Linux is a vast world of many looks. Linux is designed around what is known as distros. Each distro has different looks and some different features. Looking at my past blog posts, you will see that I enjoy experimenting with different distros. I use Linux Mint for my daily driver, which I have used for two years. I also use a Mac laptop daily for most of my school work. I teach Microsoft Windows at a local trade school where I still use Windows for education. But even on my desktop computer, I run Linux Mint for all my school activities.
So why Fedora, and why now? As you have just read, I enjoy learning new operating systems, and experiments give me more ways to learn. I also listen to a podcast called @DestinationLinux, where most hosts use Fedora. I thought I better give this operating system a try.
Where did Fedora get its beginning? Fedora is an open-source project that began with Red Hat. Red Hat is more of a closed distro of Linux that comes with company-backed user support. I used Red Hat years ago when I first started with computers. I remember getting a copy of a magazine on the Linux subject. Yes, I said magazine. Each Linux magazine would come with some version or distro of Linux. I installed it and, honestly, kept returning to Windows 3.1. I know I was crazy, but it is what I knew how to use.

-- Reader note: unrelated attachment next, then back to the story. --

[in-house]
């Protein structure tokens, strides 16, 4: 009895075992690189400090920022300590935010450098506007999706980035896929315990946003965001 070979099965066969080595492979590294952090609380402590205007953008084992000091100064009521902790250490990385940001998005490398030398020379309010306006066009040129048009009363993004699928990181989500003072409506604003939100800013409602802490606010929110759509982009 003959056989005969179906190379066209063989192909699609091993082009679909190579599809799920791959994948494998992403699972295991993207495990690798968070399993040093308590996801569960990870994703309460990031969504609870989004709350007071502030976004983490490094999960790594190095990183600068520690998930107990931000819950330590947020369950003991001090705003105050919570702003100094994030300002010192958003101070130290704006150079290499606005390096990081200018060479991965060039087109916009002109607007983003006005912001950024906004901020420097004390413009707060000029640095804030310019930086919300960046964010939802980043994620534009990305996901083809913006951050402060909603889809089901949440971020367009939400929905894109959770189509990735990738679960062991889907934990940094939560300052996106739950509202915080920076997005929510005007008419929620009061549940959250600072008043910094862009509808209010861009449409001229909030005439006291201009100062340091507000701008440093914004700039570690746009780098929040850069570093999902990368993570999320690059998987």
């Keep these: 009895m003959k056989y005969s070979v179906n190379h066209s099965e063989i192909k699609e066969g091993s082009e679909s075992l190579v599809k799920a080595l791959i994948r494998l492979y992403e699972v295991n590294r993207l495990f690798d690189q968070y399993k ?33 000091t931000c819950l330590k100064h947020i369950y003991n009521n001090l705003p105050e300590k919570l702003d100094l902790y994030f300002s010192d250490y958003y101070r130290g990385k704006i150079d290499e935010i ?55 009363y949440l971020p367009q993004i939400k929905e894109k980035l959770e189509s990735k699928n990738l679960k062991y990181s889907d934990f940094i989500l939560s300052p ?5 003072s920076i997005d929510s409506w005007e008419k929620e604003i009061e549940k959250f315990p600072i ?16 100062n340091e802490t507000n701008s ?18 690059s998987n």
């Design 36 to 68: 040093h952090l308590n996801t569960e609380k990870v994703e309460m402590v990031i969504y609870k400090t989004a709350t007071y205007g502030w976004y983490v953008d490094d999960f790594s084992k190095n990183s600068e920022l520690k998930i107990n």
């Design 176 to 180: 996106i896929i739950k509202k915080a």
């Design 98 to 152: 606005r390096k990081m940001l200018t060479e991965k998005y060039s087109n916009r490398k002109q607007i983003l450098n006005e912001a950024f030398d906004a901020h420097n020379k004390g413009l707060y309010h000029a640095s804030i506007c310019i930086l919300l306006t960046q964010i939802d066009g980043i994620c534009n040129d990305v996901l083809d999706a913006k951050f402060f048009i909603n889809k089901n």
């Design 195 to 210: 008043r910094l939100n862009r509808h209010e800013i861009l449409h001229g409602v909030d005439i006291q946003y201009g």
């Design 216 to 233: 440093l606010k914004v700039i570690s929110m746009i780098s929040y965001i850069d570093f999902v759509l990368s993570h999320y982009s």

But now, after being in technology for over thirty-eight years, I have become vast in many operating systems, and I don’t get scared off as easily as I did back then. I will post my first video with this post about learning to use Fedora Linux. If you want to subscribe to my work with Linux, please check out my YouTube channel: https://www.youtube.com/channel/UCFABRsyW530dljy83mJJ4Rw. I hope that you follow my journey into the unknown world of Fedora Linux.